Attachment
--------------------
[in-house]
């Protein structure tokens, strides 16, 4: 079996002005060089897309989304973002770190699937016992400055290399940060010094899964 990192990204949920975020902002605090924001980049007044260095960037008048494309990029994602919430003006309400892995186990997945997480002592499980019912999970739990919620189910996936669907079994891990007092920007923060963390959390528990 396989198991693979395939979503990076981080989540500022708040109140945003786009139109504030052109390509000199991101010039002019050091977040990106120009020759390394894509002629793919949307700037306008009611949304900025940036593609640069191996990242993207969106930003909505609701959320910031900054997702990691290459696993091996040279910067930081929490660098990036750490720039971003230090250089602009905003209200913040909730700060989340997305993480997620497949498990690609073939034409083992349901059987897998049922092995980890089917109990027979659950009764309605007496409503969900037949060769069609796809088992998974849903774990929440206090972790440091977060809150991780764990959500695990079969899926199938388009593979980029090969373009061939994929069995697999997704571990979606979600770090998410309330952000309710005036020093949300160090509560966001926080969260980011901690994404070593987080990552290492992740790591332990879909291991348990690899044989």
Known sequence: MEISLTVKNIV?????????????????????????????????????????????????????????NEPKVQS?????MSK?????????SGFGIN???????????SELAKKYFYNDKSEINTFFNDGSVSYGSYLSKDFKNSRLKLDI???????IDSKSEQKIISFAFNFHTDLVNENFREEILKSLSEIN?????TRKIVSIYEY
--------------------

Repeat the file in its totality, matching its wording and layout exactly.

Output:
[in-house]
């Protein structure tokens, strides 16, 4: 079996002005060089897309989304973002770190699937016992400055290399940060010094899964 990192990204949920975020902002605090924001980049007044260095960037008048494309990029994602919430003006309400892995186990997945997480002592499980019912999970739990919620189910996936669907079994891990007092920007923060963390959390528990 396989198991693979395939979503990076981080989540500022708040109140945003786009139109504030052109390509000199991101010039002019050091977040990106120009020759390394894509002629793919949307700037306008009611949304900025940036593609640069191996990242993207969106930003909505609701959320910031900054997702990691290459696993091996040279910067930081929490660098990036750490720039971003230090250089602009905003209200913040909730700060989340997305993480997620497949498990690609073939034409083992349901059987897998049922092995980890089917109990027979659950009764309605007496409503969900037949060769069609796809088992998974849903774990929440206090972790440091977060809150991780764990959500695990079969899926199938388009593979980029090969373009061939994929069995697999997704571990979606979600770090998410309330952000309710005036020093949300160090509560966001926080969260980011901690994404070593987080990552290492992740790591332990879909291991348990690899044989």
Known sequence: MEISLTVKNIV?????????????????????????????????????????????????????????NEPKVQS?????MSK?????????SGFGIN???????????SELAKKYFYNDKSEINTFFNDGSVSYGSYLSKDFKNSRLKLDI???????IDSKSEQKIISFAFNFHTDLVNENFREEILKSLSEIN?????TRKIVSIYEY